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Sunday, July 1 2012

Visualizing uncertainty using Jackknife

Once again, I (re)discovered last week at the Rmetrics conference that old tools can be extremely interesting to illustrate complex ideas, like uncertainty in fnancial markets, and stock prices. For instance a 99.5% quantile: we look for the scenario that occur with a probability of 1 out of 200. Are there nice ways to illustrate that quantity ?

Consider the monthly evolution of the SP500 index over the last 22 years,

> library(quantmod)
> getSymbols('^GSPC', from='1990-01-01')
[1] "GSPC"
> GSPC = adjustOHLC(GSPC,
+ symbol.name='^GSPC') > MGSPC = to.monthly(GSPC) > CLOSE = MGSPC$GSPC.Close > plot(CLOSE)

It is possible to use Jackknife technique to illustrate uncertainty. The idea, in Jackknife, it to remove one of the observations, and to do that for all observations. More formally, from a sample , we define a (sub)sample where observation  as been removed, i.e. . Then, we can study all samples when one observation was removed.

Here, in the context of financial time series, over 270 months, we can wonder what might have been the final value of the index if one observation (i.e. one month) had been removed. It is actually the idea of Jackknife,

> R=diff(log(CLOSE)); R=R[-1]
> n=length(R)
> X=rnorm(n,mean(R),sd(R))
> X=R
> MX=t(matrix(X,n,n))
> MX=exp(MX)
> diag(MX)=1
> SMX=MX
> for(k in 2:n){SMX[,k]=SMX[,k-1]*(MX[,k])}

We can plot the different trajectories of the index, when we remove one month,

> init=as.numeric(CLOSE[1])
> plot(1:n,init*cumprod(exp(X)),type="l",
+ xlab="",ylab="",col="white")
> for(k in 1:n){lines(0:n,init*c(1,SMX[k,]),
+ col="light blue")}
> lines(0:n,init*c(1,cumprod(exp(X))),lwd=2,
+ col="blue")

This can be used to understand sensitivity, or unccertainty, of financial time series,

We can then look closer at the final value of the index, over those 270 scenarios,

or we also use a Box-Plot,

Here we can clearly see the impact: if we remove one good month, the index ends around 1250, while it reaches 1650 if we remove a bad month. The difference is huge. So instead of talking about volatility (which is actually a complex concept), that Jackknife idea of remove observations might be more intuitive, and much easier to get a first understanding of uncertainty. But those ideas of resampling are great. I will post a nice application soon (but first, I will discuss with some colleagues in Lyon).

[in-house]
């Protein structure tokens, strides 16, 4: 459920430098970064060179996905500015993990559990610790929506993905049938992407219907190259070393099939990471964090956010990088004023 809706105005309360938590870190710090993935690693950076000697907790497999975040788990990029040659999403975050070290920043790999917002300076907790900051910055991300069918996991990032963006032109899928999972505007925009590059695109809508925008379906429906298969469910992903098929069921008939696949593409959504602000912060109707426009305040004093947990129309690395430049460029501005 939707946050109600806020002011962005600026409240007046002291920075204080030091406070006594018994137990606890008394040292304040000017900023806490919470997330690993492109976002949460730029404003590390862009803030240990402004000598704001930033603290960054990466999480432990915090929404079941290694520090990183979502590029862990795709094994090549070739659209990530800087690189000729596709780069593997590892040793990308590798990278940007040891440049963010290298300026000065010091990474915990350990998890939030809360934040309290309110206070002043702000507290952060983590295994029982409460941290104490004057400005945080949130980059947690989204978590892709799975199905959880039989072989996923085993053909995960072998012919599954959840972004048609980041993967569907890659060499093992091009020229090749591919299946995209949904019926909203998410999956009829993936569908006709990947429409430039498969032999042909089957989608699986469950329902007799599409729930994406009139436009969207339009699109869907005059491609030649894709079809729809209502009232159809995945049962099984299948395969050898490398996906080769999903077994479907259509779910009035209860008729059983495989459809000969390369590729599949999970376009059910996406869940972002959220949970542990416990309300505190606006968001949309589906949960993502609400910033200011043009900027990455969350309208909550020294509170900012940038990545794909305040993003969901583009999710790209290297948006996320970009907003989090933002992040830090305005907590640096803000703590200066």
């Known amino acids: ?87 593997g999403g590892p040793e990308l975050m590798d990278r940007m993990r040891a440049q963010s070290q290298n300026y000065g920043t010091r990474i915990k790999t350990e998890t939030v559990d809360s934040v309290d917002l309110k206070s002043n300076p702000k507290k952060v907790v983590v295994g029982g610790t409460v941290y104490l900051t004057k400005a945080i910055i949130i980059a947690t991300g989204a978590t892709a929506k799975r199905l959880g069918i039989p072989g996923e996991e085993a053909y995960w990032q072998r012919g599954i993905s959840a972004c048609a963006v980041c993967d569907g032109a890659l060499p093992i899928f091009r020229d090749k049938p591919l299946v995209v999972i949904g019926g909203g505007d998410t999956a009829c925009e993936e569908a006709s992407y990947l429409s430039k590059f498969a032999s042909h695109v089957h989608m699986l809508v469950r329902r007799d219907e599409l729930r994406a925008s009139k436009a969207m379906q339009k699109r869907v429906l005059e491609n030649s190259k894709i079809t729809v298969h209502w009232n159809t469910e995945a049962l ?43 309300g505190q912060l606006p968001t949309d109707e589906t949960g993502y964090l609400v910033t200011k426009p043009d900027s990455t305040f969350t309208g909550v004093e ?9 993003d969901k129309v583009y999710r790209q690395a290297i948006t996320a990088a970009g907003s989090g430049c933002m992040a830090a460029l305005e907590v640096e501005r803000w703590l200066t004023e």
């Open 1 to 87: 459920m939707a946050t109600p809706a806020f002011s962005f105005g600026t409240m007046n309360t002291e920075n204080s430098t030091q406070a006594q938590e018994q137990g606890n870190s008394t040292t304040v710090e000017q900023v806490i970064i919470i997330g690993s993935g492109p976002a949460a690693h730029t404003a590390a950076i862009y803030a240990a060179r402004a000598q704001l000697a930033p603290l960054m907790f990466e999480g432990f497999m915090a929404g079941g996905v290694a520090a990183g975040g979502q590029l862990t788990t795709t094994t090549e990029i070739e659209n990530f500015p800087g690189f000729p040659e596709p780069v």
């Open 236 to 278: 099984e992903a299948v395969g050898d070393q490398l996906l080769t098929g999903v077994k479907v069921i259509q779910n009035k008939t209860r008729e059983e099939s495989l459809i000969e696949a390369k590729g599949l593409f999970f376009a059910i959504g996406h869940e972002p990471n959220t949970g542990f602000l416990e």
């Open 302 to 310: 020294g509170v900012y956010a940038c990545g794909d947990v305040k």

Wednesday, June 27 2012

Qui se ressemble se suit (sur Twitter au moins)

Un nouveau billet pour reprendre une analyse marrante faite par @3wen  (Ewen Gallic, qui travaille à Montréal alors que je profite de la Suisse). Suite à l'analyse amusante des trolls de Twitter, j'avais lancé l'idée qu'il pourrait être amusant de regarder parmi les députés français (que j'avais un peu suivis l'autre jour), qui tweete avec qui. Ewen a eu la bonne idée de regarder sur  http://lelab.europe1.fr/ ce qui lui a permis de récupérer la liste des comptes Twitter des députés, en France. L'idée est simple: parmi les députés français, on regarde qui suit qui. Quelqu'un de très suivi sera au centre du nuage, alors que quelqu'un qui se contente de suivre sera sur le bord (intensément connecté au reste du nuage). Pour les personnes peu familières, Twitter n'est pas Facebook: on n'a pas des "amis", il y a des gens que l'on suit parce qu'ils racontent des choses qui peuvent nous intéresser.

En utilisant gephi Ewen a ensuite pu visualiser le graphique des interconnexions entre les députés.

Sans grande surprise, les députés de gauche suivent essentiellement les députés de gauche, et inversement. Quelques gros comptes font la passerelle entre les deux groupes parlementaires.

En fait, si on regarde en détail (voire sur le fichier image complet), on peut observer un peu mieux ce qui se passe,